My Retirement Salute to Airmen
General Colin Powell once explained, “Leadership is the art of accomplishing more than the science of management says is possible.” Many of the Airmen I know embody the words of our former CJCS and Secretary of State. Over the last 20 years of service, Airman across the Air Force have deployed to key operations, endured many challenges and devised action plans to operate with reduce budgets under less than ideal circumstances. In addition to AF wide challenges, our Active, Guard, and Reserve have supported the stand-up of new operations, endured transitions within the aviation community, and supported the growth of various aviation missions. Furthermore, our Quiet Professionals continue to manage ever-changing battlefield operations and many other unique responsibilities–some more well-known than others.
As General Colin Powell reflected on his tenure, he wrote a work entitled “Lessons Learned”. Lessons Learned gives advice to future leaders who will be charged with accomplishing tough daily challenges. I would like to share a few of his thoughts of reflection, as he offered some key lessons he learned during his tenure:
Lesson 1: Being responsible sometimes means pissing people off.
Lesson 4: Don’t be afraid to challenge the pro’s, even in their own backyard.
Lesson 14: Great Leaders are almost always great simplifiers, who can cut through argument, debate and doubt, to offer a solution anybody can understand.
We do a great job at the lessons listed above, but
I am not convinced that all of our Airmen know just how valuable you are to the mission and realize how valuable your input is to leadership.
The HQ staff needs input from leaders at EVERY level of operations. The fancy power points presented at the Pentagon are derived from our efforts (i.e. training, flying hours, scheduling, finance, etc). The information is derived as a result of the late nights and weekends we work! General Powell summed this best in another lesson point:
Lesson 16: The commander in the field is always right and the rear is wrong, unless proved otherwise.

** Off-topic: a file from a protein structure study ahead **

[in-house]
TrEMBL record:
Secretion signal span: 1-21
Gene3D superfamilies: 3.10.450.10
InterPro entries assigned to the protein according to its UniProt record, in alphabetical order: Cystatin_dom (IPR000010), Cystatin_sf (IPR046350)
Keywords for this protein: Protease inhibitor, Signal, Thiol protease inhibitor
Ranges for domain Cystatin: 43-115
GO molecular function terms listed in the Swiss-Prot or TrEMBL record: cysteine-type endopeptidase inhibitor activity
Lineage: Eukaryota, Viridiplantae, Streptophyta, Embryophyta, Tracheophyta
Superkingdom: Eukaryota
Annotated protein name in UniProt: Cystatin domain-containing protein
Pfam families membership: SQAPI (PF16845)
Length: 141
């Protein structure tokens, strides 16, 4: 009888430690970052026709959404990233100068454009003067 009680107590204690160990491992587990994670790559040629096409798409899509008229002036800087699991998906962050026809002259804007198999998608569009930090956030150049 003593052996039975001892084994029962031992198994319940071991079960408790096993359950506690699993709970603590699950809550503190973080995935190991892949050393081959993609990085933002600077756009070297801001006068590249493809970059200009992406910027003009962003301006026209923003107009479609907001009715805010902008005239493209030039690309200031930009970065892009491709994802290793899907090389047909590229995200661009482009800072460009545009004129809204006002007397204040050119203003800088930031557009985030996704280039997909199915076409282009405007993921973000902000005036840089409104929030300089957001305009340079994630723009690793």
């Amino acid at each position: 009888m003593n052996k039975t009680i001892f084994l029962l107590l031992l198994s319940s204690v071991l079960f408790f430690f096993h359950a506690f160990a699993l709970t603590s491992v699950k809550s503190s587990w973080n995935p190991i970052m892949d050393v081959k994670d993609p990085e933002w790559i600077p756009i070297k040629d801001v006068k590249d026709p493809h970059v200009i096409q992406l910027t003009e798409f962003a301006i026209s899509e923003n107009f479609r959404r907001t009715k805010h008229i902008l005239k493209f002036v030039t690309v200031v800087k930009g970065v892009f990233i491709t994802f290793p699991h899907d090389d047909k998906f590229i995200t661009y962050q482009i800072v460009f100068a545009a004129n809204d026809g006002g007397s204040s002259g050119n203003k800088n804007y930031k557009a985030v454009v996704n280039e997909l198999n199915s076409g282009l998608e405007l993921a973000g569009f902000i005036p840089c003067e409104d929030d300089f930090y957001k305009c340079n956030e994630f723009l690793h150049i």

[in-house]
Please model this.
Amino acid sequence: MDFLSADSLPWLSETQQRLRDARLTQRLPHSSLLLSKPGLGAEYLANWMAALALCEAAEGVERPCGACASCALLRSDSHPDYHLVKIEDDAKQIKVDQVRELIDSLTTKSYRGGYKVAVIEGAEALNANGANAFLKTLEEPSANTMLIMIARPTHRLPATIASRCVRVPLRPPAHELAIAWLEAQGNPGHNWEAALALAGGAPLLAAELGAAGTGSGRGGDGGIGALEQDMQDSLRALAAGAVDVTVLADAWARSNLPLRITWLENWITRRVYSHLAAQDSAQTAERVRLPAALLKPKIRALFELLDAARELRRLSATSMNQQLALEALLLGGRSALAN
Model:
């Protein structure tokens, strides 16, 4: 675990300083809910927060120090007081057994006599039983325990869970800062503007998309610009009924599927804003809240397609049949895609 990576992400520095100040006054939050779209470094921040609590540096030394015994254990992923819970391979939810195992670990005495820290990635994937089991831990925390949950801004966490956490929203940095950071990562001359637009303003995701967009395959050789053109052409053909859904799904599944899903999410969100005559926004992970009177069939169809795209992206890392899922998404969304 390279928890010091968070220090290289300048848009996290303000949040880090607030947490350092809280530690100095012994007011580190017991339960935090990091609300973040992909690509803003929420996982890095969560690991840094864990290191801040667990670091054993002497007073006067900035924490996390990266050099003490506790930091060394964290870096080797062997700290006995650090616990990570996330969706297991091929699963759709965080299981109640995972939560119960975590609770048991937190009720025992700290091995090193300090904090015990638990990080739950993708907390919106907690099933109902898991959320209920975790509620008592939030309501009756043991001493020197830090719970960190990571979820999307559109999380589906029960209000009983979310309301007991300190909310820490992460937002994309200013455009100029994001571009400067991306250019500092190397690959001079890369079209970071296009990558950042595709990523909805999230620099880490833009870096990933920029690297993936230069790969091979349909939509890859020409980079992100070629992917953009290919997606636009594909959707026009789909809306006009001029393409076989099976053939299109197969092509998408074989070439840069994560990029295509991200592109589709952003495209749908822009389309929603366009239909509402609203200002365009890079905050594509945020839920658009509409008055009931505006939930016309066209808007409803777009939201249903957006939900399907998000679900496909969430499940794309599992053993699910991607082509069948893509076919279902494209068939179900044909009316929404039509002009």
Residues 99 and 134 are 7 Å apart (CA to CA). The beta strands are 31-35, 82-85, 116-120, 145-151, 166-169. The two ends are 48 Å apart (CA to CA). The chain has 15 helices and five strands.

So that this lesson is not misunderstood and taken too literally, the General explained these remarks. He explained that leaders closest to the mission are normally the ones who are able to offer the best solutions to their own difficulties. They require the support of the leaders who can assist and create the policy. Makes a lot of sense, doesn’t it? The leaders who are working in the Gunship squadron will be able to identify with an operation where the unit is deployed more days of the year than they reside at home; whereas Airmen in the RPA(remotely piloted aircraft) cell can identify with the unique situation of working in a combat operational environment nearly every day at home station.
The Airmen across our commands are remarkable leaders who embrace many of the lessons learned the General discussed. Airmen: Make sure you continue to live them and continue to support the greatest Air Force our world has known. You make contributions and sacrifices to a society that may never completely understand or know. In case you haven’t been told lately: THANK YOU FOR YOUR SACRIFICE. THANK YOU FOR YOUR SERVICE!
As I exit the military I will enter into a venture to continue to serve our Airmen, Marines, Soldiers and Sailors. I salute the service of Airman around the globe. My sincere thanks.